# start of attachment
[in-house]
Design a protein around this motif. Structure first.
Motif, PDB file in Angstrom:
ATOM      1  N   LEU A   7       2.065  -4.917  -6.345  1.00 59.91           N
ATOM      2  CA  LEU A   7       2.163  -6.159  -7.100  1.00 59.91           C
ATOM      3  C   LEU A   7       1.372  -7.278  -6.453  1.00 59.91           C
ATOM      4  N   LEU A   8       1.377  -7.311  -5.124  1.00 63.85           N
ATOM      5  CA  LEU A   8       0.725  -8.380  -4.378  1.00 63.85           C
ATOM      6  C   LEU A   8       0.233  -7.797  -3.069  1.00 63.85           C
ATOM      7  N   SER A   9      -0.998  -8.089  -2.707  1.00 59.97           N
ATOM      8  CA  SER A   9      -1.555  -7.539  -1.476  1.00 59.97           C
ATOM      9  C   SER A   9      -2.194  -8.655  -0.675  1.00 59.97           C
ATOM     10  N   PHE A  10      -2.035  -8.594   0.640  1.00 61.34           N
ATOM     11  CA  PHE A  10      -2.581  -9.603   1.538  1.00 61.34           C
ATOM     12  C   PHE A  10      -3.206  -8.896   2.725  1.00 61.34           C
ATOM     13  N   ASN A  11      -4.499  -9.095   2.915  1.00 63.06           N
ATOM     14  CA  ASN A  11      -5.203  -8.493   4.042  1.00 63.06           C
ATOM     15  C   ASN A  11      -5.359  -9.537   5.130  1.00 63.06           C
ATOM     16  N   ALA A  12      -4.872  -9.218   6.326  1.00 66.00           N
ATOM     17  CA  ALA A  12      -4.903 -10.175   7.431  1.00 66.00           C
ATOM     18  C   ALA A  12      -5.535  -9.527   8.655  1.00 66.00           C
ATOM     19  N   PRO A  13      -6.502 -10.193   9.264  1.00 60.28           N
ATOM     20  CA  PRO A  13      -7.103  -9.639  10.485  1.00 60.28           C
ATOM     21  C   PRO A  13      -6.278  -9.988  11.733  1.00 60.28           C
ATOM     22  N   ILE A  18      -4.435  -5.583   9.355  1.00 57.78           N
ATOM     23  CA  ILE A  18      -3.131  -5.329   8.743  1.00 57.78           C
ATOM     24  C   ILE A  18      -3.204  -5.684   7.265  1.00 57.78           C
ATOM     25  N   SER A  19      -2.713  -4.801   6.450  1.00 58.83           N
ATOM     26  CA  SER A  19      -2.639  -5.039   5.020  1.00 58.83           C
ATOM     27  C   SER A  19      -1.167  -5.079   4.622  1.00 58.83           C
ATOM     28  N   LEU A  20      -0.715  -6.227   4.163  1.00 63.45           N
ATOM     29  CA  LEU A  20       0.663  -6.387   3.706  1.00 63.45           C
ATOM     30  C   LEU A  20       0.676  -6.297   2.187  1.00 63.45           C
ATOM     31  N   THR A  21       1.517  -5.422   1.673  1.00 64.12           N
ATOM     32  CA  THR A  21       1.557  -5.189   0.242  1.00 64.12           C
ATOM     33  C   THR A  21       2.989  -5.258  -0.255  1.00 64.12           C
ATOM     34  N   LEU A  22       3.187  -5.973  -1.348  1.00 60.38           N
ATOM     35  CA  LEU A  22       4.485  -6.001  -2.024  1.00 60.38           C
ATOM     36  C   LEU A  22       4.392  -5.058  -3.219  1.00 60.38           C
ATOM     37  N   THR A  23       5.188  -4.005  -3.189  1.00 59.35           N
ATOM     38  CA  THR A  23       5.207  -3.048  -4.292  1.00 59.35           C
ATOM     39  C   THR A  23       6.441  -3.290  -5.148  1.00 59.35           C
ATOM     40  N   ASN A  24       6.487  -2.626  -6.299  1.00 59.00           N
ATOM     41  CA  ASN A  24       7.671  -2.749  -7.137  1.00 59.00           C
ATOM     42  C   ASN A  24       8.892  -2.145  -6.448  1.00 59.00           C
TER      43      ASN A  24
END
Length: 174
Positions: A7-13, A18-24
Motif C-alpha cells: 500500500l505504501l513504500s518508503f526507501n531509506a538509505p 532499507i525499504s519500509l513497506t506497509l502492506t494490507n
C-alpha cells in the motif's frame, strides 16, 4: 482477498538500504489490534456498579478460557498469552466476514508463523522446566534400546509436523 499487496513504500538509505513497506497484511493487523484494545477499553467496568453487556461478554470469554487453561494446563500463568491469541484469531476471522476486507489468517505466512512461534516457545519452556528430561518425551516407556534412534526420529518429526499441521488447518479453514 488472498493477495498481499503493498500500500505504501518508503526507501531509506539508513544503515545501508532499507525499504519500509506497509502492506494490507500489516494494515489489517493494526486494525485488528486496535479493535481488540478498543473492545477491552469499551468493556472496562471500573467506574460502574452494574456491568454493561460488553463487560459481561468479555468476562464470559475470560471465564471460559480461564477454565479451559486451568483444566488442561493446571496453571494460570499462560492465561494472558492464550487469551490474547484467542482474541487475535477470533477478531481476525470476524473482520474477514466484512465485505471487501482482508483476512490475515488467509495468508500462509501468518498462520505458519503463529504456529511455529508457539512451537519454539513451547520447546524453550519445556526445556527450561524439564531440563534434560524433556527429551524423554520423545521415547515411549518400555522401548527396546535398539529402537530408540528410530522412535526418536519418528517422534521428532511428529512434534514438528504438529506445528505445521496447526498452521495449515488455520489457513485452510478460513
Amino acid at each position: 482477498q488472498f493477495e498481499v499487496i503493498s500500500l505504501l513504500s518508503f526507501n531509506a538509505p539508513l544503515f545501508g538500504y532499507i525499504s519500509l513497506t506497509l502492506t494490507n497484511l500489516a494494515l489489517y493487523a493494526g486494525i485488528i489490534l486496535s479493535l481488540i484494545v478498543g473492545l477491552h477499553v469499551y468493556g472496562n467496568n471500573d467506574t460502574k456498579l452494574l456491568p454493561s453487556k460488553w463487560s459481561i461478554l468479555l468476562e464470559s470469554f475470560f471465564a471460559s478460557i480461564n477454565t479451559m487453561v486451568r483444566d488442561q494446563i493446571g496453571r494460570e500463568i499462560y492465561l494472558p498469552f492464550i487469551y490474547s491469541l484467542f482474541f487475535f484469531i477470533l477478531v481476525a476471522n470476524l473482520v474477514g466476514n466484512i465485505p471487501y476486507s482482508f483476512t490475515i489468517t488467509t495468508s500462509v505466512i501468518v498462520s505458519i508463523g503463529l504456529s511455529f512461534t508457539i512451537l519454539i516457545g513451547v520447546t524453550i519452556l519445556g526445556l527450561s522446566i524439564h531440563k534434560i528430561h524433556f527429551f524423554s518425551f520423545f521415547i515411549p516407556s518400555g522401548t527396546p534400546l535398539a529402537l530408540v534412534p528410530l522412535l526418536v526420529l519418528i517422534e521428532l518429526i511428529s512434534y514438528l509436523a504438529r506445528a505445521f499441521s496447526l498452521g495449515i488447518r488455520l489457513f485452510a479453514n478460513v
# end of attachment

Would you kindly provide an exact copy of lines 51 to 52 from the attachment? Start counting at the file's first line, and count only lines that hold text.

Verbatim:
C-alpha cells in the motif's frame, strides 16, 4: 482477498538500504489490534456498579478460557498469552466476514508463523522446566534400546509436523 499487496513504500538509505513497506497484511493487523484494545477499553467496568453487556461478554470469554487453561494446563500463568491469541484469531476471522476486507489468517505466512512461534516457545519452556528430561518425551516407556534412534526420529518429526499441521488447518479453514 488472498493477495498481499503493498500500500505504501518508503526507501531509506539508513544503515545501508532499507525499504519500509506497509502492506494490507500489516494494515489489517493494526486494525485488528486496535479493535481488540478498543473492545477491552469499551468493556472496562471500573467506574460502574452494574456491568454493561460488553463487560459481561468479555468476562464470559475470560471465564471460559480461564477454565479451559486451568483444566488442561493446571496453571494460570499462560492465561494472558492464550487469551490474547484467542482474541487475535477470533477478531481476525470476524473482520474477514466484512465485505471487501482482508483476512490475515488467509495468508500462509501468518498462520505458519503463529504456529511455529508457539512451537519454539513451547520447546524453550519445556526445556527450561524439564531440563534434560524433556527429551524423554520423545521415547515411549518400555522401548527396546535398539529402537530408540528410530522412535526418536519418528517422534521428532511428529512434534514438528504438529506445528505445521496447526498452521495449515488455520489457513485452510478460513
Amino acid at each position: 482477498q488472498f493477495e498481499v499487496i503493498s500500500l505504501l513504500s518508503f526507501n531509506a538509505p539508513l544503515f545501508g538500504y532499507i525499504s519500509l513497506t506497509l502492506t494490507n497484511l500489516a494494515l489489517y493487523a493494526g486494525i485488528i489490534l486496535s479493535l481488540i484494545v478498543g473492545l477491552h477499553v469499551y468493556g472496562n467496568n471500573d467506574t460502574k456498579l452494574l456491568p454493561s453487556k460488553w463487560s459481561i461478554l468479555l468476562e464470559s470469554f475470560f471465564a471460559s478460557i480461564n477454565t479451559m487453561v486451568r483444566d488442561q494446563i493446571g496453571r494460570e500463568i499462560y492465561l494472558p498469552f492464550i487469551y490474547s491469541l484467542f482474541f487475535f484469531i477470533l477478531v481476525a476471522n470476524l473482520v474477514g466476514n466484512i465485505p471487501y476486507s482482508f483476512t490475515i489468517t488467509t495468508s500462509v505466512i501468518v498462520s505458519i508463523g503463529l504456529s511455529f512461534t508457539i512451537l519454539i516457545g513451547v520447546t524453550i519452556l519445556g526445556l527450561s522446566i524439564h531440563k534434560i528430561h524433556f527429551f524423554s518425551f520423545f521415547i515411549p516407556s518400555g522401548t527396546p534400546l535398539a529402537l530408540v534412534p528410530l522412535l526418536v526420529l519418528i517422534e521428532l518429526i511428529s512434534y514438528l509436523a504438529r506445528a505445521f499441521s496447526l498452521g495449515i488447518r488455520l489457513f485452510a479453514n478460513v